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Author Topic: Olympus OM-D: for fans of small pixels and small interchangeable lens systems  (Read 6302 times)

RichDesmond

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This looks like the mirorrless body we've been waiting for. Small, lightweight, inexpensive. Built in EVF, flip-floppy LCD. In-body stabilization for a body that mounts basically any lens ever. Metal body with environmental sealing and a reasonable control layout. And the autofocus allegedly sets a new benchmark for contrast-detect cameras, although that certainly needs to be tested in the real world. I mean, that's everything that anyone wanted, right?

Focus peaking would have been very nice. :)

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Now, you could say the same thing about the NEX cameras, but for me the difference is the lens ecosystem. That Zeiss 24 1/8 notwithstanding, m4/3rds is the system to be in for small, high quality, inexpensive primes (it seems like it isn't a problem for a lot of people but I continue to be baffled by the "lens three times the size of the camera" design that Sony keeps pushing for the NEX stuff). In the m4/3rds system, you can get a three lens kit that's very high quality, covers a wide range, doesn't cost much more than $1000, and takes up less space and weight than the extra battery from your D4 does. I'm blown away by the sheer practicality of it all...
Indeed. For me, taken as a system, m4/3 definitely hits the sweet spot in the size/cost/capability/IQ tradeoffs.
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feppe

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  • Oh this shows up in here!
    • Harri Jahkola Photography

One of the most exciting features is the live updating of long exposures. This is a huge feature for those of us who do lots of low-light photography.

Previous Olympus MFT cameras have had (edit: single-shot) AF as fast as any DSLR, so I'm not too worried about that. It appears to work with 4fps as well, although it remains to be seen how well it works with moving subjects.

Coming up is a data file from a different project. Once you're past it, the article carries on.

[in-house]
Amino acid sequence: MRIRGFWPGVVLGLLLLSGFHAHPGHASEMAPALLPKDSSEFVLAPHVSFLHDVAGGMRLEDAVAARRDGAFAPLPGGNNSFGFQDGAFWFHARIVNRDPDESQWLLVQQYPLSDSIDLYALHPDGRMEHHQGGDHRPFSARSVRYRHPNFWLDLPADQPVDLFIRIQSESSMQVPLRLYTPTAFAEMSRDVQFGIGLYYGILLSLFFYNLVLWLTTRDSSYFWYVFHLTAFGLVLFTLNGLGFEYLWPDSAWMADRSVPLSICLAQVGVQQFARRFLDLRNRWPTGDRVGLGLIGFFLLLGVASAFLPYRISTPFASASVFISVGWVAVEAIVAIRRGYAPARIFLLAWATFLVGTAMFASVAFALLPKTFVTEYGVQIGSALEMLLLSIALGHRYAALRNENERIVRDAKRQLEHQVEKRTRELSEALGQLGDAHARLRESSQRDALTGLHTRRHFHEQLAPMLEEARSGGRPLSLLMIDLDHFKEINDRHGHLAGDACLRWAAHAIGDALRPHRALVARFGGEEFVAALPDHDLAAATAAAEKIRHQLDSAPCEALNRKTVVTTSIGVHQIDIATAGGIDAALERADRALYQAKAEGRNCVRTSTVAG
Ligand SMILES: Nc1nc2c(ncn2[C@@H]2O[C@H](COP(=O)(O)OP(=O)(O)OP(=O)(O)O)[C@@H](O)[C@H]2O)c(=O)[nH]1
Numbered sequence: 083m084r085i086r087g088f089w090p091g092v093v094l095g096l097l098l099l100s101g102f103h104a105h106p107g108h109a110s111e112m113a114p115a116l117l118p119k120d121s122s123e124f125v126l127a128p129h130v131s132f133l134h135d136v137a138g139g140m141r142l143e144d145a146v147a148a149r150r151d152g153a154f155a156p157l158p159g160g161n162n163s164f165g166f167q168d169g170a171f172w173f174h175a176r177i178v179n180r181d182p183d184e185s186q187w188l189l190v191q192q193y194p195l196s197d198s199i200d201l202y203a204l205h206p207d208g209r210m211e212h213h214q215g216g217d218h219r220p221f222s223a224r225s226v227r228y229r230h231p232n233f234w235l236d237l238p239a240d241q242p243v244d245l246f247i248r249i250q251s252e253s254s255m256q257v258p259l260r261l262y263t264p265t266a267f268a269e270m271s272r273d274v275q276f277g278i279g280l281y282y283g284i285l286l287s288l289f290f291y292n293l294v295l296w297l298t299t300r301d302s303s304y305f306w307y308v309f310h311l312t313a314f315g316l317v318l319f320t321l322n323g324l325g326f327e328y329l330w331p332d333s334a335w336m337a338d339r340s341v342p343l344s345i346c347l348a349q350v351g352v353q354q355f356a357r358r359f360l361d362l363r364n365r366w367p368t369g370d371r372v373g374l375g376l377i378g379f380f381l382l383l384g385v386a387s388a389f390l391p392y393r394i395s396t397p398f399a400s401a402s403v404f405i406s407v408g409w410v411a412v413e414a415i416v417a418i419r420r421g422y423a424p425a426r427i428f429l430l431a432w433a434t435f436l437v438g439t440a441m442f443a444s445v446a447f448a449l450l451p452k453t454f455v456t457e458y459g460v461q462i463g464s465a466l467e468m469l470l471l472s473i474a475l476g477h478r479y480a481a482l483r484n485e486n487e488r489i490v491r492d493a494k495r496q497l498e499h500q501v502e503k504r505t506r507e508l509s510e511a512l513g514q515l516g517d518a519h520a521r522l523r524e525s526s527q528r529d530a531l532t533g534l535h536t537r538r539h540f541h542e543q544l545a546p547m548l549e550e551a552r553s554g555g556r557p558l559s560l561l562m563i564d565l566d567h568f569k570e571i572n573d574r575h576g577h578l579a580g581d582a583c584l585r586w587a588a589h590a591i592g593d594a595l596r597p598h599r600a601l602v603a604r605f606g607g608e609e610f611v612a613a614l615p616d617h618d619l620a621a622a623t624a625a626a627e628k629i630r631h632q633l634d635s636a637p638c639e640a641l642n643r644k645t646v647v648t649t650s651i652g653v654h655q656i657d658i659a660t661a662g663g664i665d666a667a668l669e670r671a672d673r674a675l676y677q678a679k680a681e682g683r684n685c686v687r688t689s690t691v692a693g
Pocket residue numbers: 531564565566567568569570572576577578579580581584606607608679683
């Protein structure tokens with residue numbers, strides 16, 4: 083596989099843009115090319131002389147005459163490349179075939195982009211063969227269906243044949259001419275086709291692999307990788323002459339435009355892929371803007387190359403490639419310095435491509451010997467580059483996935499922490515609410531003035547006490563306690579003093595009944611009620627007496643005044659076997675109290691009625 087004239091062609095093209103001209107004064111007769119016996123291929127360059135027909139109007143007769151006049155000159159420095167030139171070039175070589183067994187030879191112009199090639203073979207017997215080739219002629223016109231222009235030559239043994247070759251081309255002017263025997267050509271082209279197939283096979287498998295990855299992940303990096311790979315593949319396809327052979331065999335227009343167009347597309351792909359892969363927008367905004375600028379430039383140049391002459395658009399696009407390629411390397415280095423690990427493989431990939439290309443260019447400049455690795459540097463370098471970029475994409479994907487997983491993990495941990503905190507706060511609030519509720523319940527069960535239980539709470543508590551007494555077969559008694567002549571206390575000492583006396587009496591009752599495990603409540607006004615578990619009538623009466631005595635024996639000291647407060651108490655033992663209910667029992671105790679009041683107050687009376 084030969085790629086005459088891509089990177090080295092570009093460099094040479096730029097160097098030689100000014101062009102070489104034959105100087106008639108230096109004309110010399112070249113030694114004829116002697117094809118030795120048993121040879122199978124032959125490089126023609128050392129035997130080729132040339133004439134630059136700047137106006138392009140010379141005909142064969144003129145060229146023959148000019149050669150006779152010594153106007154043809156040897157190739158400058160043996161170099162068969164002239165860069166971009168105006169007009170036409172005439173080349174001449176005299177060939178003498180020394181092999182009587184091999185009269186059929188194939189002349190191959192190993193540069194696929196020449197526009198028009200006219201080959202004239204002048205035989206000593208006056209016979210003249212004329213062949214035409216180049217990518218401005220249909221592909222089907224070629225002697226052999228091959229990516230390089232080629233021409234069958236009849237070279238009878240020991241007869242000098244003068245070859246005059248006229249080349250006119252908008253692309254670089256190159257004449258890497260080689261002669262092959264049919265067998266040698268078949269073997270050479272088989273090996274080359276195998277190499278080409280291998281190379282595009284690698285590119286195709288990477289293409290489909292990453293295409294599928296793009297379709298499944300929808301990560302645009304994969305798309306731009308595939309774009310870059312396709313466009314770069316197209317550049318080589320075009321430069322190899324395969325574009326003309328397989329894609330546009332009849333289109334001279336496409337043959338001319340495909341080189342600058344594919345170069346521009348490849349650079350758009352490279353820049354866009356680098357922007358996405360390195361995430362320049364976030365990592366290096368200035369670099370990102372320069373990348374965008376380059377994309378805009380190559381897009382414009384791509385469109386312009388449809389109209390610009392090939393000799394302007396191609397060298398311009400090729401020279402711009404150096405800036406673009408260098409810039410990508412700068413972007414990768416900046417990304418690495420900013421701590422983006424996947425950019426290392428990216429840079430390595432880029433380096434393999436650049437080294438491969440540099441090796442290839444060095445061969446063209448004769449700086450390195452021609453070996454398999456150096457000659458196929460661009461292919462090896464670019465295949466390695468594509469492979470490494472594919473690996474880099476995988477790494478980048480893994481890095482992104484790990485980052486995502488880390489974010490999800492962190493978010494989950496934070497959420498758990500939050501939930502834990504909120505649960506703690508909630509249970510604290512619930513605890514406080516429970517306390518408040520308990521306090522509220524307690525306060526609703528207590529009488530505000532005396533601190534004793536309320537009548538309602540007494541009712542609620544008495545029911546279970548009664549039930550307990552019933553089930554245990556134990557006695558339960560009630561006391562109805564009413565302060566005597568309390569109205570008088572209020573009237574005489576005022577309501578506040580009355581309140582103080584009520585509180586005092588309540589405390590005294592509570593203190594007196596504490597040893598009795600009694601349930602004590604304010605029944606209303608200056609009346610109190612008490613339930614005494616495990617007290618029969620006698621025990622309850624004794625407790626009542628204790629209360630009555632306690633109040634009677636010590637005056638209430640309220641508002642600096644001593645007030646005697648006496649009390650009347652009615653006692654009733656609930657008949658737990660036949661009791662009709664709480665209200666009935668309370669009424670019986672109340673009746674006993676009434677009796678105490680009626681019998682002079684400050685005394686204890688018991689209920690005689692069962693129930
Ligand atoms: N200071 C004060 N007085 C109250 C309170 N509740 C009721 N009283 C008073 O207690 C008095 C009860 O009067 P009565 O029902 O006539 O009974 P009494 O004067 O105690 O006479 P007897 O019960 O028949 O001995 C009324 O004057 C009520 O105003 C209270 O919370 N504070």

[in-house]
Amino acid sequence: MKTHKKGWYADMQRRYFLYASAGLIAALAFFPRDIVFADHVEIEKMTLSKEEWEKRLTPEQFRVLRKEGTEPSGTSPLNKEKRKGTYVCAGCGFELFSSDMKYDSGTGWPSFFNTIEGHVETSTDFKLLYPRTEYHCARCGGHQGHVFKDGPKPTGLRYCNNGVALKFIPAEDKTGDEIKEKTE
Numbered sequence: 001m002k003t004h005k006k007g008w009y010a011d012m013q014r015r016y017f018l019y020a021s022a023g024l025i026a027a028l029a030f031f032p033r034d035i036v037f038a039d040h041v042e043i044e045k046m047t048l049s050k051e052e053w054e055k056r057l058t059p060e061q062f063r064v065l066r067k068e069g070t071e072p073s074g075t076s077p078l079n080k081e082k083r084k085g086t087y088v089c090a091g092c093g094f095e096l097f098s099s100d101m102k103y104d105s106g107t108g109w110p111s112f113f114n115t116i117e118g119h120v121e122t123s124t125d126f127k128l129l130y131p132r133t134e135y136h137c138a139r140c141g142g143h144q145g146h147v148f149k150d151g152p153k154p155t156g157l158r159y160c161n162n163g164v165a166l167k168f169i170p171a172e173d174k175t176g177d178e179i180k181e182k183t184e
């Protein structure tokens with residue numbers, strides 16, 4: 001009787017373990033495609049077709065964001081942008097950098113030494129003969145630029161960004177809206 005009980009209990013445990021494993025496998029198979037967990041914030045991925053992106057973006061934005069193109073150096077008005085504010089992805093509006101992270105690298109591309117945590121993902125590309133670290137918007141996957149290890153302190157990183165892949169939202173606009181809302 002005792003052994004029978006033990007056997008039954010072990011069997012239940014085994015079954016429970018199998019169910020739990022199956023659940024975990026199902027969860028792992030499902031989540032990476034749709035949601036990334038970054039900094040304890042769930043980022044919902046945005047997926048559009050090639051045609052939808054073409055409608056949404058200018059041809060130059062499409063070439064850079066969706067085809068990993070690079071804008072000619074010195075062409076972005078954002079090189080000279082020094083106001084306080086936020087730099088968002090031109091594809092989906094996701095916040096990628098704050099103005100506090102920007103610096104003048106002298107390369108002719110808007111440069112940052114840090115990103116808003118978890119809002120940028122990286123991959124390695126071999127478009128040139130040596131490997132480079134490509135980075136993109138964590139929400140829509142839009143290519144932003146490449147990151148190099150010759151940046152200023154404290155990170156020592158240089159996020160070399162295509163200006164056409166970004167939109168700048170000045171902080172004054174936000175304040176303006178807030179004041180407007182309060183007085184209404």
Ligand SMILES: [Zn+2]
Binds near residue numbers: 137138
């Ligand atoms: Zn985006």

Also, they have a new 5-axis IBIS which I believe is a first.

I wasn't excited about the camera until I saw just how feature-complete the camera is. It really makes the MFT system complete and mature, now that they have a more-or-less thorough prime lens selection, with a few remaining ones coming out later this year.

you may be more interested in fuji x-pro1, which will have much better IQ than e-m5 (and optical viewfinder).

How are you making such conclusions on two cameras which are yet to be released, and even thoroughly tested?
« Last Edit: February 09, 2012, 09:09:19 pm by feppe »
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BJL

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Previous Olympus MFT cameras have had AF as fast as any DSLR, so I'm not too worried about that. It appears to work with 4fps as well, although it remains to be seen how well it works with moving subjects.

For C-AF, and some fancy moving subject tracking, the sampling rate has been doubled again to 240fps (the step up from 60 to 120 by Panasonic already gave a nice improvement for S-AF). So on paper, the AF performance gap between mirroless and SLR might be getting small or non-existent --- I await thorough testing.

Some news on this from that other site:
http://www.dpreview.com/previews/olympusEM5/page6.asp
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